When Qurratulain Hyder wrote Chandni Begum, her last novel, in 1989, L.K. Advani’s rath yatra was still a year away, the Ram Janmabhoomi movement was just about taking off and the first BJP government under the prime ministership of Atal Bihari Vajpayee was still years away.
Of course the mandir-masjid issue at Ayodhya had been simmering for years. Hyder understood how land could be a contentious issue and how the unremarkable coexistence of a temple and a mosque on the same piece of property had the potential to flare up into a full-scale conflagration.
Chandni Begum traverses a vast terrain over generations and its emotional centre is not just the intertwined lives of three families but also the remains of a house known as Red Rose.
Red Rose and its accompanying orchards is at the emotional heart of the novel.
Home to Shaikh Azhar Ali, a successful barrister, his social reformer wife, Badrunnisa Azhar Ali aka Bitto Baji, and their son, Qambar Ali, “a young man of modern times who made fiery speeches against private property”, it is also home to Munshi Bhawani Shankar Sokhta, Shaikh’s loyal secretary and a vast retinue of servants. It is for the munshi that a small temple exists on the estate.
As a child, Qambar was engaged to marry Safia Sultan, the youngest daughter of a minor raja of a principality called Teen Katori. But as Qambar grows older and more revolutionary, the thought of marrying into such a family with its rigid notions of class becomes anathema and he instructs his mother to find someone who is highly educated, poor and beautiful (of course).
Chandni Begum, the daughter of Baji’s childhood friend, fits the bill. She has a master’s degree. And despite her lineage – her maternal grandfather owned 52 villages and her paternal grandfather had the title of Khan Bahadur – has fallen on hard times after her father deserts her mother. When Baji suggests a marital alliance, everything seems sealed.
But Shaikh and Bitto Baji die unexpectedly, soon after each other, and the proposed marriage is forgotten. Qambar is now a man of means, free to spend his inheritance on an unsuccessful election run and on his magazine, Red Rose, published in Urdu (Gul-e-Surkh) and Hindi (Lal Gulab) as well.
Into this world arrive from the chawls of Mumbai, the colourful though somewhat dodgy members of the Sanobar Film Company headed by Master I.B. Mogra, his wife Chameli Begum (‘film star and poetess’), son Parizada Gulab (‘comedian’) and daughter Bela Rani Shokh (‘radio singer and poetess’). The young and idealistic Qambar is easy pickings and ends up with a runaway nikaah with Shokh.
Shokh manipulates getting Red Rose as her mehr, but the marriage is an unhappy one. With nothing to do, she begins rearranging the affairs of Red Rose – adding a modern kitchen, buying nursery furniture for non-existent children – and haranguing Qambar for more money while she whiles away her time shopping.
Then unexpectedly, Chandni Begum arrives. She has lost her teaching job, her mother has died and she has nowhere to turn to. The shrewd Shokh realises that Qambar could be a soft touch and so packs Chandni off to Teen Katori, home of Safia Sultan, Qambar’s former fiancée.
Chandni is not treated well at Teen Katori, relegated to the position of a servant. The elder son (suspected of being deranged) wants to marry her, the younger one wants to make her his mistress and Safia’s elder sister offers to make her a maid, but quickly withdraws that offer too. When Chandni’s jewels are stolen, she is virtually penniless and, left with nowhere to turn to, calls up Qambar.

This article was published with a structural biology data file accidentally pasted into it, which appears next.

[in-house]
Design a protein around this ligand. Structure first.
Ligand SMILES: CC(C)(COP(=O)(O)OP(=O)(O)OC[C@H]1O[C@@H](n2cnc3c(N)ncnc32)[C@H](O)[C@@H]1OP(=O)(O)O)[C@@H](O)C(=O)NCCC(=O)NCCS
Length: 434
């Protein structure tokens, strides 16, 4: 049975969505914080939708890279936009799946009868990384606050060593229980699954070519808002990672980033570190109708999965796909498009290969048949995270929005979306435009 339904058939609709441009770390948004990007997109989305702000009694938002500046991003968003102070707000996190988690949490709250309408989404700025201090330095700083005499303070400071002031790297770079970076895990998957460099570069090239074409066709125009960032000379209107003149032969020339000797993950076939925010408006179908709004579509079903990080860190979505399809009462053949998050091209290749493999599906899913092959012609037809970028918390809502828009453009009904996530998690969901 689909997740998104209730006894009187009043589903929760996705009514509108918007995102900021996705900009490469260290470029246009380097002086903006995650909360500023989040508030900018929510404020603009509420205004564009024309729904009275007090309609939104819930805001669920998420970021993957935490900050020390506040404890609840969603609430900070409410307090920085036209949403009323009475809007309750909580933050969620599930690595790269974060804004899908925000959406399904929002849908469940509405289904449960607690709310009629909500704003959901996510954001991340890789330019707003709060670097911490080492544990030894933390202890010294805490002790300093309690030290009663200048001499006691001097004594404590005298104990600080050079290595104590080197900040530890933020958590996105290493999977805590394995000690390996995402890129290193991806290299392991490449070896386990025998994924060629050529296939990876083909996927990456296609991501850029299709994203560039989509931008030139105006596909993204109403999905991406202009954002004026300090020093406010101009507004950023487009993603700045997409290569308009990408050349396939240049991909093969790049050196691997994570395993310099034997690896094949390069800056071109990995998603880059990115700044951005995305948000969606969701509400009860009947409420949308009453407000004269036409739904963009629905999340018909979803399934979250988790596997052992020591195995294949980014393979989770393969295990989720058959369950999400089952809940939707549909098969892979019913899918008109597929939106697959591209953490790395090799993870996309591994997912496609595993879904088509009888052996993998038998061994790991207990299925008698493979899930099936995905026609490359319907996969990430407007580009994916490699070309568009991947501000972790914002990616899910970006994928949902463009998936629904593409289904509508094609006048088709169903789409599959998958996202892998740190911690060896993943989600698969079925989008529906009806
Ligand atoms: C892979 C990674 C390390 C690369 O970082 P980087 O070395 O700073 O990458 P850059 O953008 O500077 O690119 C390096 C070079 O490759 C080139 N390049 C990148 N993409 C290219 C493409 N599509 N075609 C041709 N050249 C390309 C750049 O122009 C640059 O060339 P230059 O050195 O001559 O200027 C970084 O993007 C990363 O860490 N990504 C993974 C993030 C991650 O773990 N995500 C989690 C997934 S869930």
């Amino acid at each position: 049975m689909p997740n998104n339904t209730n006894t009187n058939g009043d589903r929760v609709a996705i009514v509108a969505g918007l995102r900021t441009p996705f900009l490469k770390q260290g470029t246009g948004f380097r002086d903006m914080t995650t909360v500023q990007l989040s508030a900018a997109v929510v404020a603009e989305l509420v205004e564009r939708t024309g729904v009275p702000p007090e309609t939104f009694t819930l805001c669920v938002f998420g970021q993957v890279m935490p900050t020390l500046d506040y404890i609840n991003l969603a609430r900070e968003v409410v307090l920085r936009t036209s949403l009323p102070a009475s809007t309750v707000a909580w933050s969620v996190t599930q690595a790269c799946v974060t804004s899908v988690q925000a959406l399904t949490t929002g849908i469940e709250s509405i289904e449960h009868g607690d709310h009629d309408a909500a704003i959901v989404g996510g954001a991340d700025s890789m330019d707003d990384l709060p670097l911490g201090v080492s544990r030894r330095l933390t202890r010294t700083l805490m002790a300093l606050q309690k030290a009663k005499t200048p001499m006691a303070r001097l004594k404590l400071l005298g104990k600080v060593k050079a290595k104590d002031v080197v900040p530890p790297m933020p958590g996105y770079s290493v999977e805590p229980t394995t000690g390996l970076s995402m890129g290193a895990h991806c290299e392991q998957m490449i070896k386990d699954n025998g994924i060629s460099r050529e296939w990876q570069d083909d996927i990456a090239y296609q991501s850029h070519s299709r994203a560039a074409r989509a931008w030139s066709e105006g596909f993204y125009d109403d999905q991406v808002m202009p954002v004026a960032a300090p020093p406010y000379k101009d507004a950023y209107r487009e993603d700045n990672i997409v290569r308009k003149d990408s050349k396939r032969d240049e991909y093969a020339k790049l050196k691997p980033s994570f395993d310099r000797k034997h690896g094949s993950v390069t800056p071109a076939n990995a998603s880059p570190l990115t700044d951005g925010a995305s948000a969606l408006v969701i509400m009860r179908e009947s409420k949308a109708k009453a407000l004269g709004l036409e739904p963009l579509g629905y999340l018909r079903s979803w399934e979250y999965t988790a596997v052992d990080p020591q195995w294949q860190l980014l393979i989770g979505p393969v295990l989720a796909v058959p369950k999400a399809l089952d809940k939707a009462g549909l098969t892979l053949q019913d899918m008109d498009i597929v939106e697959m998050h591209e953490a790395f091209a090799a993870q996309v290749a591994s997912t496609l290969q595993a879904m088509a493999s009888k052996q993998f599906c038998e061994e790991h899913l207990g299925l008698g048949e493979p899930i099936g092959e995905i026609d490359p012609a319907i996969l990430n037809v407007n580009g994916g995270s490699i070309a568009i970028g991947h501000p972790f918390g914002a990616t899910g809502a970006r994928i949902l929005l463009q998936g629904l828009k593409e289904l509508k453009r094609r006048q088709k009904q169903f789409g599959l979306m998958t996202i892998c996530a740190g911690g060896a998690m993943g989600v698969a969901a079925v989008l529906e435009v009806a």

An unexpected twist to events – destiny runs as a powerful force – throws up questions of Red Rose’s ownership. Who is the rightful claimant?
As the years pass, walls are built around Munshiji’s temple and the private mosque. A new India emerges, one where saffron flags flutter in the evening breeze. What is unchanged though is an India where Muslim bards sing the epic of Alha and Udal and the Shah Madar who “went east to Ayodhya/the city of Lord Ram’s avatar”. What is unchanged is the idea of a syncretic faith, where at the urs at Bahraich, the sick and the blind, Muslim and Hindu, poor and rich arrive seeking benediction.
Hyder’s craft as a natural storyteller made her an unparalleled writer in the world of Urdu literature, and in Chandni Begum, she summons all the gifts at her disposal – it struck me that if this was made into a television serial, it would run for years without flagging.
In translating this wonderful work from Urdu to English, medieval historian Saleem Kidwai has done remarkable service in making the world of Chandni Begum accessible to a wider readership. In an India where lines between ‘us’ and ‘them’ become more rigid, it seems all the more compelling to peek into this world, not because it no longer exists but because we are becoming increasingly loathe to hear each other’s stories.
When Hyder died in 2007 at the age of 80, the new India she hints about in her last novel had already taken root and it had been 18 years since she had written Chandni Begum.
Ultimately, the idea of land and its ownership is summed up in one simple sentence in the novel. Who has the greater claim? Whose is the older right?
Remarks one of the characters: “A million years ago, there was an ocean here.” The soil, like the other elements, is beyond possession and ownership. This is the universal, enduring truth.
Namita Bhandare is a Delhi-based journalist who writes frequently on gender issues confronting India.